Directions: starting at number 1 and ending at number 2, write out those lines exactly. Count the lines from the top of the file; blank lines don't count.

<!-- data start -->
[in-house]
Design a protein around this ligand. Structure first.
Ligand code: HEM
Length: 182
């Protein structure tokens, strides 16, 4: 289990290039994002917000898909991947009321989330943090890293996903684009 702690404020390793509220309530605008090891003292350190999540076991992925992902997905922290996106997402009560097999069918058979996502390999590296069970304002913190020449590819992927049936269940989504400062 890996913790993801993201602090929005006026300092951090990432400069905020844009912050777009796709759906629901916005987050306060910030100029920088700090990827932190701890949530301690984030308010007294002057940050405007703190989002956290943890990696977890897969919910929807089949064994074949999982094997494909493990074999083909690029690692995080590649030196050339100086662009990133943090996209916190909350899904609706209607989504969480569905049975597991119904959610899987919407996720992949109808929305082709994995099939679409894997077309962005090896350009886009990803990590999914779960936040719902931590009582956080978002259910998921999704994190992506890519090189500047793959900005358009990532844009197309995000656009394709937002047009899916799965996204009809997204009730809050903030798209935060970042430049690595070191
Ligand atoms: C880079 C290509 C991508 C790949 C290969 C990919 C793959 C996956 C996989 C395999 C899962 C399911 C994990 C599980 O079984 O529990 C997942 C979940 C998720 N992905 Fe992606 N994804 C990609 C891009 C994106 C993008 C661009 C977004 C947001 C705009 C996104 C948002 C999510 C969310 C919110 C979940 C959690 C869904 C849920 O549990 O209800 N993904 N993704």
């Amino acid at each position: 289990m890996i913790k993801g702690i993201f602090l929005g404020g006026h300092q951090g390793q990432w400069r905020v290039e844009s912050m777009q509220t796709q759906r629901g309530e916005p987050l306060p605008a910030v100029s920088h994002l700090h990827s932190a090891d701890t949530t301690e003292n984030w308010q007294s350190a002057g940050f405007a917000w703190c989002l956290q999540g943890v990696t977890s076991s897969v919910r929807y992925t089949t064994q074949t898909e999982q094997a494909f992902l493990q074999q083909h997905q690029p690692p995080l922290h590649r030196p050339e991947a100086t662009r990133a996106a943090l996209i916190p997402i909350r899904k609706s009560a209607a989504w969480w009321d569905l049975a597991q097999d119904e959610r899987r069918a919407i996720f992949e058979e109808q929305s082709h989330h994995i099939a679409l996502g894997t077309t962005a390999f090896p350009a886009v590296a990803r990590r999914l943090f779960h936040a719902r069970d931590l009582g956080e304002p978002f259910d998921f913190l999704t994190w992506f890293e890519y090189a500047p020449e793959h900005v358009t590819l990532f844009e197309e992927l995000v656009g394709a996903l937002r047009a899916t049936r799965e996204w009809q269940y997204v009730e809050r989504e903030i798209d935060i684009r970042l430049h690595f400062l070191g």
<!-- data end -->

[in-house]
Design a protein around this ligand. Structure first.